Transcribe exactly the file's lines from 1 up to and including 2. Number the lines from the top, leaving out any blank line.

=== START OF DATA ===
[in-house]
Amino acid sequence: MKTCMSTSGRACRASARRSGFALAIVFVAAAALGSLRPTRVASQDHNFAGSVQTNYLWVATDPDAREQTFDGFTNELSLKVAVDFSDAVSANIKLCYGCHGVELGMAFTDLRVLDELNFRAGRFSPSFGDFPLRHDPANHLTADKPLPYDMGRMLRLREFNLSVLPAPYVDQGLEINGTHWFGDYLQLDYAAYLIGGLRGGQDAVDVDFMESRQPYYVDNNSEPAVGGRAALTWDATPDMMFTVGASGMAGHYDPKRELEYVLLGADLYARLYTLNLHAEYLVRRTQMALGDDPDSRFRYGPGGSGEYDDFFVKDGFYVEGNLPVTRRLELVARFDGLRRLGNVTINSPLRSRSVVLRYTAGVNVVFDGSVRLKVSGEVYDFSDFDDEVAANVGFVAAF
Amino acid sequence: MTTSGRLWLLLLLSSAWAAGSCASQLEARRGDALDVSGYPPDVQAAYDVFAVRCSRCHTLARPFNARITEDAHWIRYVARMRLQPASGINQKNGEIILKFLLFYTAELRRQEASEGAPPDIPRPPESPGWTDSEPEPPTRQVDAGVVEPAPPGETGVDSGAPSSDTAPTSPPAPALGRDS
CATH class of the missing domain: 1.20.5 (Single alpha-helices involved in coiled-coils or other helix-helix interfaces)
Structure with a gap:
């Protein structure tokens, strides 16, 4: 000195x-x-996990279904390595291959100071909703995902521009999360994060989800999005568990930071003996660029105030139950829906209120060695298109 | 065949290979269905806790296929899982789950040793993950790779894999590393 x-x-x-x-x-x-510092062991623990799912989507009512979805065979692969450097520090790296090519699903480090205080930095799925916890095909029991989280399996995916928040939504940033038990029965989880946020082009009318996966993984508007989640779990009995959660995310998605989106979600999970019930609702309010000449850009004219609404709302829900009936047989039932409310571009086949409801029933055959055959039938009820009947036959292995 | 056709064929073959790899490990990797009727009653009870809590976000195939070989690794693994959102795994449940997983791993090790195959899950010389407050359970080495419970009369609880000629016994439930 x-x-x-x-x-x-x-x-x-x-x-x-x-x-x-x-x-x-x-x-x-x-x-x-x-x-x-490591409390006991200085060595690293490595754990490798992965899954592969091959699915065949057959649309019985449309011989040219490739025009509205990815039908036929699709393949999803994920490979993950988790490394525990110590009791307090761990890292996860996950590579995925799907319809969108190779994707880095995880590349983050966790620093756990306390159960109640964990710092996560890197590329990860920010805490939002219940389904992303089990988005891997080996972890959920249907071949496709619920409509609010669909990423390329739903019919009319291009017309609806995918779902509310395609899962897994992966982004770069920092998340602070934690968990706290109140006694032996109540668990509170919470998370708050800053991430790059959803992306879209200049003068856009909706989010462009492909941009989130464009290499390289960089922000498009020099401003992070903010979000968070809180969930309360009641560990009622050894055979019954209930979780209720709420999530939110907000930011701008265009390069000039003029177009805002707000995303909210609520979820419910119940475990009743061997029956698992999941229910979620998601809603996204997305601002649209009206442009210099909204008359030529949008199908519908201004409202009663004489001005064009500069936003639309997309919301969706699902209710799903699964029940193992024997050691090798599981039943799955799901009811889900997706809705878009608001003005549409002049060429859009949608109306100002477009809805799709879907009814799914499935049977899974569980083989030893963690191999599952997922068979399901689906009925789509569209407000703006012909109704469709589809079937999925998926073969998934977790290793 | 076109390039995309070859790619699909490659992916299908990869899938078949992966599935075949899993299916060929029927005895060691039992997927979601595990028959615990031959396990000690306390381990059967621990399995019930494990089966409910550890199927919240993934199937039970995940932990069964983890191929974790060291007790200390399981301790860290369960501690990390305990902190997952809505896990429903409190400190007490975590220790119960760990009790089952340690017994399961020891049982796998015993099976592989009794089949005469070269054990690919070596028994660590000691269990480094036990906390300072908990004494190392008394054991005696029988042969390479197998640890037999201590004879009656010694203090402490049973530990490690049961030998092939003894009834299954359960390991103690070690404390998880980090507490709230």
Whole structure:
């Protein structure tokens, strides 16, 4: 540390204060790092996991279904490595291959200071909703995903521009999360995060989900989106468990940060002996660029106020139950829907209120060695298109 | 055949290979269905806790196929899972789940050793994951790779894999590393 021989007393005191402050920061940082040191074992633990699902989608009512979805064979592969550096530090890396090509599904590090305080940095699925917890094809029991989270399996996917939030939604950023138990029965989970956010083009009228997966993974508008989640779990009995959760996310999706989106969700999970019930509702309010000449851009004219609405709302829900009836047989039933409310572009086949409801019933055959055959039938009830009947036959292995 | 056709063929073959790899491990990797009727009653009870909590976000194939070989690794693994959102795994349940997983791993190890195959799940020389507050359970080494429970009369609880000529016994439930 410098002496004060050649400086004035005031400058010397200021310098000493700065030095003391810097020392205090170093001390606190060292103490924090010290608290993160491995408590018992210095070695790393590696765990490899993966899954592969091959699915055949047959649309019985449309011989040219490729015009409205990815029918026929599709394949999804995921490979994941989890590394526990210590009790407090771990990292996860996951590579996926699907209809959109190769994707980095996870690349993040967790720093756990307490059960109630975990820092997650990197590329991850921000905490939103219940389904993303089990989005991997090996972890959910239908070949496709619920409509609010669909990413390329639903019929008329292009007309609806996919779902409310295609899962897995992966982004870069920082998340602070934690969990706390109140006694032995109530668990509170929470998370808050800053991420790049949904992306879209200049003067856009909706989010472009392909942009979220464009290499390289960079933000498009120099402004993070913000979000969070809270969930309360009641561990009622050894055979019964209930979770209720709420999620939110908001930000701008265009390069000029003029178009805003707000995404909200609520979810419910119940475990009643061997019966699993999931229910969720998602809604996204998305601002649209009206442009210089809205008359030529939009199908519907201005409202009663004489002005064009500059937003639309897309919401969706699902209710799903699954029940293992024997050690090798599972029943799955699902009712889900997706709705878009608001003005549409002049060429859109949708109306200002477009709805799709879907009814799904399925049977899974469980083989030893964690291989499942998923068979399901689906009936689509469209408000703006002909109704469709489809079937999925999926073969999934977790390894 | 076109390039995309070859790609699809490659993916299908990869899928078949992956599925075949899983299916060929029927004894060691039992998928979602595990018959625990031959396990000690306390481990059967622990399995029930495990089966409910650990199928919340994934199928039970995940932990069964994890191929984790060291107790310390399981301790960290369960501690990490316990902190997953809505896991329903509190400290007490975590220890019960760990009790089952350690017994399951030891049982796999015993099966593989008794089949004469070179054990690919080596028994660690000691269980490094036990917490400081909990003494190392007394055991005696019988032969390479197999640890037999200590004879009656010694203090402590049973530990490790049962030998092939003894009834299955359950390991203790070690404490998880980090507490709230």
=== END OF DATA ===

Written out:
[in-house]
Amino acid sequence: MKTCMSTSGRACRASARRSGFALAIVFVAAAALGSLRPTRVASQDHNFAGSVQTNYLWVATDPDAREQTFDGFTNELSLKVAVDFSDAVSANIKLCYGCHGVELGMAFTDLRVLDELNFRAGRFSPSFGDFPLRHDPANHLTADKPLPYDMGRMLRLREFNLSVLPAPYVDQGLEINGTHWFGDYLQLDYAAYLIGGLRGGQDAVDVDFMESRQPYYVDNNSEPAVGGRAALTWDATPDMMFTVGASGMAGHYDPKRELEYVLLGADLYARLYTLNLHAEYLVRRTQMALGDDPDSRFRYGPGGSGEYDDFFVKDGFYVEGNLPVTRRLELVARFDGLRRLGNVTINSPLRSRSVVLRYTAGVNVVFDGSVRLKVSGEVYDFSDFDDEVAANVGFVAAF